Now I think a lot of the hate and whining out there on this subject is fueled by folks that are put into the position of not being able to afford their "dream car". There is a certain sadness to this of course, I have always wanted to have an early VW microbus with all the windows to call my very own, but now with top level examples being well into the six figure mark, I just don't see that happening. Ive got a mortgage to pay, kids to feed and the mad money stash in my pillowcase is not going to cover a $200,000 play toy. Does this make me angry? No. I think it is selfish and foolish to cry about the things that I cant have. Id love to have a mansion and a private jet too, but thats not going down, so why scream and whine to the world about it? Just because some folks can have these things doesn't mean that it "ruins life" for everyone else. For those that continue to complain that it prices them out of the car hobby all together, I call bullshit as well. Yes, I cant find a 23 window microbus on Craigslist for $3000, but I can find literally hundreds of cars that do fit that price range that are a hell of a lot of fun. Not long ago I picked up an early 90's Corvette for three grand that I had an absolute blast with. T tops out and wind in my hair, I could feel my chest hair growing as I mashed the gas pedal to the floor. No, it wasn't the vintage Aston Martin of my dreams or the Lamborghini Countach from my childhood bedroom wall, but it was mine and I loved it and enjoyed the ride. So...if you are going to be one of those folks that whine and moan that you cant afford what you want, fine...that is your right, but the view is selfish and yours alone. Snap out of it and look at the bigger picture. Increased values in collector cars is a good thing for the world. It feeds the scene in excitement as well as monetarily for everyone in the industry, and it saves more vintage cars from the scrap heap. This is all a very good thing. Instead of crying about what you cant have, look for what you can have, and if you pay close attention to the scene out there, I bet there is something out there that you can afford right now that will be worth a whole lot more in the years to come.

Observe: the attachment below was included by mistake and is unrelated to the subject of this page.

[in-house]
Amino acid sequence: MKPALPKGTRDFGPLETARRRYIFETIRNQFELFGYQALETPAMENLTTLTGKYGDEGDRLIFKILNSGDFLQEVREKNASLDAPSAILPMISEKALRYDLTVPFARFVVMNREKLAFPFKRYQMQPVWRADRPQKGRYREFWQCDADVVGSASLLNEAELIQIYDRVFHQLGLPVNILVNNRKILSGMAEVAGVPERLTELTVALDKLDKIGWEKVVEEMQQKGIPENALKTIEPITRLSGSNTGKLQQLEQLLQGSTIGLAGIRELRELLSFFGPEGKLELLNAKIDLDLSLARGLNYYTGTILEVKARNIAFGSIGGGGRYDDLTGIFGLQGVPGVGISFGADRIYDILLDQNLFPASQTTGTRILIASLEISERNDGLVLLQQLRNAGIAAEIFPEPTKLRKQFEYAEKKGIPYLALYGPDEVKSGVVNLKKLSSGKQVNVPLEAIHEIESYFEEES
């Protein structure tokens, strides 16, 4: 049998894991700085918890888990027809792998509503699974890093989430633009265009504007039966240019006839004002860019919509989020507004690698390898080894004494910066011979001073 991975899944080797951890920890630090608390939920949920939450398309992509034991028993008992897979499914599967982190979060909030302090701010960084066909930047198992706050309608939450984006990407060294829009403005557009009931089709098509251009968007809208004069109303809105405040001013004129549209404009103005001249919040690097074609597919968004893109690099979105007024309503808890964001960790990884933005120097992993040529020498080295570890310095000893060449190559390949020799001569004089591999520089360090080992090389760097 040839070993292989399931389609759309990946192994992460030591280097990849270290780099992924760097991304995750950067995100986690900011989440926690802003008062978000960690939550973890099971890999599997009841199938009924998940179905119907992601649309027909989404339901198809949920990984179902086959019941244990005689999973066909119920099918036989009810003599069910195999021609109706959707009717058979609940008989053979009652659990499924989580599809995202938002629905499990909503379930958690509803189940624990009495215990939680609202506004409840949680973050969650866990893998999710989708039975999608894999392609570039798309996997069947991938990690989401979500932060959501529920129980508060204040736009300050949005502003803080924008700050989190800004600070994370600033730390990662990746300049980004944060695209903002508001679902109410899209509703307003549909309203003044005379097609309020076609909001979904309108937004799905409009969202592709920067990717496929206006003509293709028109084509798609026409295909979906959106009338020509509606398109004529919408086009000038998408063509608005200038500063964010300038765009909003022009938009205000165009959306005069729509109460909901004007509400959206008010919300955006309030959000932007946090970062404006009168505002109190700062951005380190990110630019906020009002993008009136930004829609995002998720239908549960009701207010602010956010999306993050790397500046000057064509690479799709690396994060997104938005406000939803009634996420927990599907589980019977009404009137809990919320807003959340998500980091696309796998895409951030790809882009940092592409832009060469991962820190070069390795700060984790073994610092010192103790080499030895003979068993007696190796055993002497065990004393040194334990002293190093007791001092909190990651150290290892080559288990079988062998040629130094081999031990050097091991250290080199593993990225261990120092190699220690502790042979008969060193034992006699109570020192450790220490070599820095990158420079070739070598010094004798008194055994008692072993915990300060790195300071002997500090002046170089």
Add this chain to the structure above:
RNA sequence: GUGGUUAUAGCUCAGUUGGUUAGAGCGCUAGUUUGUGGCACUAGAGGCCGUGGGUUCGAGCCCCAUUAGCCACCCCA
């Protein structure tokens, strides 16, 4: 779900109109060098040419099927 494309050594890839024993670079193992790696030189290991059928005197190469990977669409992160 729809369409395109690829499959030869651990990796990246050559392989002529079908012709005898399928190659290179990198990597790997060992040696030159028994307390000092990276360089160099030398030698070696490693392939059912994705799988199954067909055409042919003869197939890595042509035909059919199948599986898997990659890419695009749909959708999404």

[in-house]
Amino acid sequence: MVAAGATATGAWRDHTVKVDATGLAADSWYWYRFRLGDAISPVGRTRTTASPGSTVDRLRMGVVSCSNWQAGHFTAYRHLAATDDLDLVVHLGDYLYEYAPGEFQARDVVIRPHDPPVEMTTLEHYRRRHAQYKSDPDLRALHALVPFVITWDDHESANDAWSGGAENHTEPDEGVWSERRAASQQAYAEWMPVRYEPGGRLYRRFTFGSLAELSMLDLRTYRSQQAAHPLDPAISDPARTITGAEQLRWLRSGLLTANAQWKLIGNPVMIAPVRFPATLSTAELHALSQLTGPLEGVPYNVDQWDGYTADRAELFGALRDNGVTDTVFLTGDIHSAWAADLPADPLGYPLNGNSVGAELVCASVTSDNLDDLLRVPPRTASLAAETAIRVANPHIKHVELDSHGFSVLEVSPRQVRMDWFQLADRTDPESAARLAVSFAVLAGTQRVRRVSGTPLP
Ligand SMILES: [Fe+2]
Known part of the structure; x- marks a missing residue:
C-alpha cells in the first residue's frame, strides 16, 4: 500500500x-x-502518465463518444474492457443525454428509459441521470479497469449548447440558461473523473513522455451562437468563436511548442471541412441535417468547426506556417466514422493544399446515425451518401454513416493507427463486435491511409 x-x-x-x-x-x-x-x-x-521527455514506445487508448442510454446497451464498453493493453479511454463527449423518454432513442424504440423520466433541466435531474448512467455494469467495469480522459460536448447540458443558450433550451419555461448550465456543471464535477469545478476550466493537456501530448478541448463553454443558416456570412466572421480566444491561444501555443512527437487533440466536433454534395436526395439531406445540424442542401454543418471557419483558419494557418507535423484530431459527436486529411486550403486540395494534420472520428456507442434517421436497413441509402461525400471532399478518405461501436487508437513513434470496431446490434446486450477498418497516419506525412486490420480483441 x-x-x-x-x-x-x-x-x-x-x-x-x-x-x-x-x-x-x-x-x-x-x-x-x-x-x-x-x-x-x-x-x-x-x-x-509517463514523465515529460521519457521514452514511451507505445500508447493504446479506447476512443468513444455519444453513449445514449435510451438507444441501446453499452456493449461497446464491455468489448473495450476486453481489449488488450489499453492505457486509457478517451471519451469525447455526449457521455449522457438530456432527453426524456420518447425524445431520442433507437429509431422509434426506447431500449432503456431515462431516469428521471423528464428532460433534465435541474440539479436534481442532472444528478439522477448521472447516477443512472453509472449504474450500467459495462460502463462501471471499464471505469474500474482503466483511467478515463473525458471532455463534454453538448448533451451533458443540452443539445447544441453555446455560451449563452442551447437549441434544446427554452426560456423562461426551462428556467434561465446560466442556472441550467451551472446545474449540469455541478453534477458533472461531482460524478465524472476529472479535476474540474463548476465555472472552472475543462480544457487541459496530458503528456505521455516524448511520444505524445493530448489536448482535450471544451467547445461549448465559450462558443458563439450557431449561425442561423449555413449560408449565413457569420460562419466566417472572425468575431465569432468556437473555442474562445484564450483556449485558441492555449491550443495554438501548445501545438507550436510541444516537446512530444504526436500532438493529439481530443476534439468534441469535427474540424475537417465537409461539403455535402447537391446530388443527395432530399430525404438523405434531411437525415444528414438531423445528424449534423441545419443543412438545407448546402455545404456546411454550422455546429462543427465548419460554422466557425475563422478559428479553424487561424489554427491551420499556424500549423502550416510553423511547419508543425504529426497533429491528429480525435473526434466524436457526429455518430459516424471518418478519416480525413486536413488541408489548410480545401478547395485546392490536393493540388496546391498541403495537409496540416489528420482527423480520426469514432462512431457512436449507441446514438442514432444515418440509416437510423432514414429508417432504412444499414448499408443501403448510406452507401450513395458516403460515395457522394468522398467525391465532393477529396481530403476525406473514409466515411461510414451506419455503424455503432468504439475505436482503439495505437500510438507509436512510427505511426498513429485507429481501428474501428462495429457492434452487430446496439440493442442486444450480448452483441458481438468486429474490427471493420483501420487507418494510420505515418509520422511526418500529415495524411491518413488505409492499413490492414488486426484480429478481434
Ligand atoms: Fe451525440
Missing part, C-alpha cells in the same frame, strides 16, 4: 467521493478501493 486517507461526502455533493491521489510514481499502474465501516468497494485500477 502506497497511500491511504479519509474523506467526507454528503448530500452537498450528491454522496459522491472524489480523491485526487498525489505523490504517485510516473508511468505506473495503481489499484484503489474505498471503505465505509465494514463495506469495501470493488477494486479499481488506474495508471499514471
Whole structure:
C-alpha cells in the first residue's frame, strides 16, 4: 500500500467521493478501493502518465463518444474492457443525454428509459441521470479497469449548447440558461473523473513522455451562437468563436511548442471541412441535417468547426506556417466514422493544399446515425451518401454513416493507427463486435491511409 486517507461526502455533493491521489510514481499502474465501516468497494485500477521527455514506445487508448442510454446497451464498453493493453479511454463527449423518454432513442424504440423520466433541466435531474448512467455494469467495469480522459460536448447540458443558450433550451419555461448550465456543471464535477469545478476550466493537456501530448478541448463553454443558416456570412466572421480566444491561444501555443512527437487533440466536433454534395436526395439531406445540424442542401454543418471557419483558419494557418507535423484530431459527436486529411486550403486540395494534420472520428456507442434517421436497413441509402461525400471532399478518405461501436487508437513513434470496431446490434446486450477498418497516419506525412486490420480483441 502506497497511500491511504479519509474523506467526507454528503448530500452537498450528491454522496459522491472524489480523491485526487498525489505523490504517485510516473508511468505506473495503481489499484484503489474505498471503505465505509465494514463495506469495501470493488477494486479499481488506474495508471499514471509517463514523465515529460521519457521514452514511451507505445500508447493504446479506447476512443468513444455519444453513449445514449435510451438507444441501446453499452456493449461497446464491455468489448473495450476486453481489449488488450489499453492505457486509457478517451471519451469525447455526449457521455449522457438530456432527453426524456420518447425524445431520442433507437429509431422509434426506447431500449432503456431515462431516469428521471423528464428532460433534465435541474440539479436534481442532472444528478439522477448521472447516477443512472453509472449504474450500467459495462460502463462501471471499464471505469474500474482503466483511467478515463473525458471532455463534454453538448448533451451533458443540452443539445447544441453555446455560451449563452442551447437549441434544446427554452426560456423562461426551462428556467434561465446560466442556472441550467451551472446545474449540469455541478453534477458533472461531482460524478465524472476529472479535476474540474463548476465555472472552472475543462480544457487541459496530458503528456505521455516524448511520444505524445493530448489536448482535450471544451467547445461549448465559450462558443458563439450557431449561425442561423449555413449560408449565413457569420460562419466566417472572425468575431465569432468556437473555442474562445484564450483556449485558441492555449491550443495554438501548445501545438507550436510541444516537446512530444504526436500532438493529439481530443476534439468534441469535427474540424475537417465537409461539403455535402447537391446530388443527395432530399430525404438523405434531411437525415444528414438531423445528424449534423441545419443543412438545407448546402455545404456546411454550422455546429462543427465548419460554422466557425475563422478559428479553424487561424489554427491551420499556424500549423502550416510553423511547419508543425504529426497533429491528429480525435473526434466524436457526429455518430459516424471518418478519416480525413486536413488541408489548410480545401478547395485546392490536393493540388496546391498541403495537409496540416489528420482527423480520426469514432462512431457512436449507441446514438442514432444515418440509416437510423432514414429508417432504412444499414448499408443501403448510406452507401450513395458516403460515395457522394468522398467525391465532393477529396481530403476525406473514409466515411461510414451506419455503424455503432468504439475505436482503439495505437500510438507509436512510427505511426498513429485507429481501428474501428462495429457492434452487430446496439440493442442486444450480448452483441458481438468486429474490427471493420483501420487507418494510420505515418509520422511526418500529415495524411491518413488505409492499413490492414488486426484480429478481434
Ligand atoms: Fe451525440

The car market is constantly moving and changing and trends come and go like the tide. In some cases the rise in values hang around for a while, in other cases they are the fashion of the day and a few years down the road the values crash on the beach. Some of this has some logic to it looking at the age of the vehicles and those that dig them. The generation that was heavy into the 20's and 30's cars in the 70's and 80's are fading away, while those that grew up in the 80's are now chasing cars of their era. Everything has its time in the sun and its rise and fall, this is life. If you want to ride the wave up, you need to find the cars that are cheap now, but will be the 69 Chevy 4x4 of tomorrow. Maybe the 1989 version of the same truck is in your budget now. The point of the whole car scene is to enjoy the ride. Instead of complaining about the cars you cant afford, spend your time enjoying and celebrating the cars that you can. There is and always will be, cool cars for every budget.
Happy Motoring! Randy Carlson